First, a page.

October 4, 2005 [LINK]
And what a year it was!
Why can't every month be June? If I had to choose, I would much rather have the Nationals soar to first place at mid-season and then fall back, than the alternative of playing poorly early on and then recovering toward the end. Sure, Washington fans were disappointed by the second half of the season, but our new home team gave us plenty to cheer about from beginning to end, and at least showed occasional bursts of excellence through September, remaining in the hunt for the wild card spot. Here are the "Top Ten" games of the year, in terms of excitement, historical significance, and/or setting trends in the divisional race, in chronological order: (Dates are links to the respective blog posts.)
- Apr. 4 -- Phillies 8, Nats 4. The Nationals' very first game; I was there! [changed, 1/13/06]
Apr. 6 -- Nats 7, Phillies 3. The first win, sparked by Brad Wilkerson's "cycle."
- Apr. 14 -- Nats 5, Diamondbacks 3. The first home game; sunny skies, sold-out crowd.
- May 30 -- Nats 5, Braves 4. Close score, tense finish, perfect weather. (I was there.)
- June 5 -- Nats 6, Marlins 3. Ryan Church home run keys Nats' surge to first place.
- June 14 -- Nats 6, Angels 3. Frank Robinson complains about pine tar, benches clear, Nats rally.
- July 4 -- Mets 5, Nats 2. RFK nearly full, but 4th of July spoiled, beginning of the awful downturn.
- July 15 -- Brewers 4, Nats 3. Game decided by Mike Stanton's balk (?!) in 10th inning.
- Aug. 4 -- Nats 7, Dodgers 0. Grand slam by Wilkerson, 13 Ks by Patterson; are bad days over?
- Sept. 17 -- Padres 8, Nats 5. 12 innings; Cordero blows 5-0 lead in 9th. Ouch!
- Sept. 21 -- Giants 5, Nats 1. Another HR by Barry Bonds ends Nats' postseason hopes.
|Month||Wins||Losses||NL East place
|Sept. - Oct.||12||17||5||19||601,059||31,635|
SOURCE: My unofficial daily tabulations from MLB Gameday stats and Washington Post.
Fan support: HUGE!
There is no question that baseball was a smash hit in Washington, and the regular big crowds played a big part in the team's success, at least through mid-season. It was a mutual love affair between players and fans. The 2.7 million total attendance at games in RFK Stadium this year exceeded their target by 300,000, and their 33,584 average attendance was more than 3 ½ times the tickets sold for Expos games in Montreal and San Juan last year. (Because of the phenomenon of tax-subsidized "phantom fans," the number of people who actually showed up for games at RFK Stadium was probably about 10-15 percent less than that; let's say 28,000 real live fans.) In terms of "announced" attendance, the smallest crowd was 23,332 on April 26 against the Phillies; in only three other games was attendance below 25,000. In contrast, there were eleven games in which attendance was over 40,000! Meanwhile, the Orioles' 2005 total attendance of 2.6 million was only slightly below last year's total, providing undisputable proof that the effect on the Orioles' attendance from a team in Washington was much less than owner Peter Angelos had claimed it would be. (Indeed, the decline was even less than I expected.)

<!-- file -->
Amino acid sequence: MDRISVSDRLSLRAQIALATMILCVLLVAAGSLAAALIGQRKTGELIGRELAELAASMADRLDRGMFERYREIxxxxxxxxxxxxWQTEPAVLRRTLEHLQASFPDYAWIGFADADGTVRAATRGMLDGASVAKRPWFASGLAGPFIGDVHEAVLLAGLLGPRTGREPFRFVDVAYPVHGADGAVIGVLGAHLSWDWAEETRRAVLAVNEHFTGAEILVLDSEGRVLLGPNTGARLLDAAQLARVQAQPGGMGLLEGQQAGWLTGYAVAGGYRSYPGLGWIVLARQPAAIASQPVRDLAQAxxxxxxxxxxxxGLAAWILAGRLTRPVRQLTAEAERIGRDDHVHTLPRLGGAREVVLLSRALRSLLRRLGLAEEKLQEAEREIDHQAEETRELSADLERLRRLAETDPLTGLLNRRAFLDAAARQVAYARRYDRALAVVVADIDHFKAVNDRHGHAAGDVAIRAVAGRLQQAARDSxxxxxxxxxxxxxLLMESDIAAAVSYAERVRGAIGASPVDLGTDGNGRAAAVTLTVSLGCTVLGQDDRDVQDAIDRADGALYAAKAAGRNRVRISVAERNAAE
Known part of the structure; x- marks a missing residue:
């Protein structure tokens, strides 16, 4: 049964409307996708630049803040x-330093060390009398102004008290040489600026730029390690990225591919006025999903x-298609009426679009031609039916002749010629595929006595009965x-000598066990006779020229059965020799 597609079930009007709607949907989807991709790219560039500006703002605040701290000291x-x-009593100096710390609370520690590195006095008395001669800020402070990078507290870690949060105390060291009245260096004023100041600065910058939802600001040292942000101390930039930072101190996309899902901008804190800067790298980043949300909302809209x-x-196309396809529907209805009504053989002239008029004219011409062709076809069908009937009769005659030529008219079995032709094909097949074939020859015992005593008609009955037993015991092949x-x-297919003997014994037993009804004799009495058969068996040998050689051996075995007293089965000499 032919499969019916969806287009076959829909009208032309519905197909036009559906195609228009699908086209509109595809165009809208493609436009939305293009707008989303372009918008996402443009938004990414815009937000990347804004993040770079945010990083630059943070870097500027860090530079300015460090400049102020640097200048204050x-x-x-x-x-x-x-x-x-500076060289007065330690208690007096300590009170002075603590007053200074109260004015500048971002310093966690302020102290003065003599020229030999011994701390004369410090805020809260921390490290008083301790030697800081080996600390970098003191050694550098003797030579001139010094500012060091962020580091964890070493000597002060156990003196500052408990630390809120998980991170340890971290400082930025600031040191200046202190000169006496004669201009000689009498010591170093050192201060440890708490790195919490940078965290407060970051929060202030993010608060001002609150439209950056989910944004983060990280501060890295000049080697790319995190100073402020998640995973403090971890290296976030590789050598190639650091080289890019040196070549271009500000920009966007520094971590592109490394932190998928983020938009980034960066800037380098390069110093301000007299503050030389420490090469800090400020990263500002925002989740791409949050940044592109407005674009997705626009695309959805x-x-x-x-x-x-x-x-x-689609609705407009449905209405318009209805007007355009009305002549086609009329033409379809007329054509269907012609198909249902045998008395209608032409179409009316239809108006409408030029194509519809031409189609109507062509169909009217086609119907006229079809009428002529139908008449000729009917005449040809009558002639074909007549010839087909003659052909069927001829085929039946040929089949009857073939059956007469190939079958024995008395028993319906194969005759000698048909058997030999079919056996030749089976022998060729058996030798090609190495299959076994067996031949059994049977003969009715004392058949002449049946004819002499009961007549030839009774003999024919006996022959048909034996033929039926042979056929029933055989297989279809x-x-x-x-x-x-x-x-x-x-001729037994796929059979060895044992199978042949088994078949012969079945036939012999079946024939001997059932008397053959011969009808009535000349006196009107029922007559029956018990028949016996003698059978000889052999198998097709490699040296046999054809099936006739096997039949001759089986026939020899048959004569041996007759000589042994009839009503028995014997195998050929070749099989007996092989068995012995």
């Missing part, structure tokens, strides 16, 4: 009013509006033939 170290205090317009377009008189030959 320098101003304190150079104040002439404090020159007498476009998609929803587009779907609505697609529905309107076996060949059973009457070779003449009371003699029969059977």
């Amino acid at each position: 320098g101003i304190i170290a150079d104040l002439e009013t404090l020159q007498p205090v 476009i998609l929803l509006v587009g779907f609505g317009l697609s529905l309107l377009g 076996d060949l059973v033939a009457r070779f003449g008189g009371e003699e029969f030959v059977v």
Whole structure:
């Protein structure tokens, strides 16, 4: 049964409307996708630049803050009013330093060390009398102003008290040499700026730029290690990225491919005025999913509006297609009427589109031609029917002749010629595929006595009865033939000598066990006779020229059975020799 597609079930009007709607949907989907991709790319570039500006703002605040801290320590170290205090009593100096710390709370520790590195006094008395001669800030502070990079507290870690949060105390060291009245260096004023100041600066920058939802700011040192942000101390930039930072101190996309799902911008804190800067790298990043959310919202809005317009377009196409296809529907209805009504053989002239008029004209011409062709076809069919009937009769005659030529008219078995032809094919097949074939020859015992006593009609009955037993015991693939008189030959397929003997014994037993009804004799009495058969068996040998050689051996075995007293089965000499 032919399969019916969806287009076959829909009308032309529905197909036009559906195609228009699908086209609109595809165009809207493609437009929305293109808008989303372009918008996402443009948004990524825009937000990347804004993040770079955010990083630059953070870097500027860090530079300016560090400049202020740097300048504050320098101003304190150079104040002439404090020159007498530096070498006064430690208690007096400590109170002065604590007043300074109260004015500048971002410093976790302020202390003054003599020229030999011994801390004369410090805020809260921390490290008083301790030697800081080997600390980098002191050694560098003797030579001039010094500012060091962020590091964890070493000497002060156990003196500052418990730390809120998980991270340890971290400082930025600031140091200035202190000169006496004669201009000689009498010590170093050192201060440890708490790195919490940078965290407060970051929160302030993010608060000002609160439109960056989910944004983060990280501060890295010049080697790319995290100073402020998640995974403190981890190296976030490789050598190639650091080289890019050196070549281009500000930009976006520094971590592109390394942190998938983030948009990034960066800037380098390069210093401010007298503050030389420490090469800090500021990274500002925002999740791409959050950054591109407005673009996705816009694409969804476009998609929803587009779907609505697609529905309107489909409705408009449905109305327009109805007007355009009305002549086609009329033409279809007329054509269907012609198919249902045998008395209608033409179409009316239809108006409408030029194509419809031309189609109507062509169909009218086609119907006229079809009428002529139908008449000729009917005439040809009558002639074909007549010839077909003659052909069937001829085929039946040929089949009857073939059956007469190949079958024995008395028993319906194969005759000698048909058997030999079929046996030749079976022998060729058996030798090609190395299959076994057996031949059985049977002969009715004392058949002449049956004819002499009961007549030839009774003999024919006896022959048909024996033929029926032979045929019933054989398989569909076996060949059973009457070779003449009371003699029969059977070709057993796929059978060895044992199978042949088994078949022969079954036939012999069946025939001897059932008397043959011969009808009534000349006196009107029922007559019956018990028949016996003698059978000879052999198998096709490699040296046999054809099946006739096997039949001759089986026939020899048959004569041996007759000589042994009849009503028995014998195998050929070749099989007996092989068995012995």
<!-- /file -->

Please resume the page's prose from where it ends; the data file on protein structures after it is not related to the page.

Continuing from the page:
Divisional series begin
For most of the summer, the St. Louis Cardinals and the Chicago White Sox totally dominated their respective leagues, and it is no surprise that they dealt roughly with, respectively, the Padres and the Red Sox in this afternoon's games. The Cardinals built an 8-0 lead by the fifth inning, but then got complacent, as the Padres staged a three-run rally in the top of the ninth, loading the bases before the final out was made. Final score: 8-5. We later learned why Padres' starter Jake Peavy's pitching was off today: He had fractured his rib while celebrating his team winning the NL West last week. In Chicago, the five runs they scored in the first inning were all the the White Sox needed. A.J. Pierzynski hit two homers and a double, and was also hit by a pitch, as were two of his team mates, in that big first inning! Poor Matt Clement. The White Sox piled on additional runs in the later innings, clearly lusting for a trip to the World Series. Final score: 14-2. You may recall, however, that the Red Sox got some experience in rebounding from huge defeats last year, so they're not necessarily doomed. Now the Yankees and Angels are warming up in "LAnaheim." Presumably the Yanks will not be as complacent as they were three years ago!
UPDATE: Rookie 2B Robinson Cano knocked in three runs with a double in the first inning, getting things off on the right foot. The extra room in Angels Stadium's left field worked to the visiting team's advantage in this instance. The Angels would have scored a run in the second inning but for the low fence in the right field corner, as the ground rule double hit by Steve Finley forced Juan Rivera to stop at third, and the next batter, Adam Kennedy, flew out. The rest of the game was a pitcher's duel, as Bartolo Colon pitched for five scoreless innings, but could not get run support. There were several long fly balls to the warning track, but only one home run, by Bengie Molina. The Angels made things interesting in the bottom of the ninth as Vlad Guerrero walked, stole a base, and made it to home on a high-bouncing single by Darin Erstad, but that was the end of it. Final score: 4-2.
Here's an interesting factoid: Of the 24 teams that played in the first round divisional series over the past three years (including many "duplicates," of course), only three of the higher-seeded teams with the initial home-field advantage -- 12.5 percent -- went on to the next round! To me, that is clear indication that the present format does not sufficiently reward teams with a better regular season record. Once again, I say: Wild card teams should face a higher postseason "hurdle." You can keep track of all the playoff game scores, for this year, and for the last three years, on the Postseason scores page.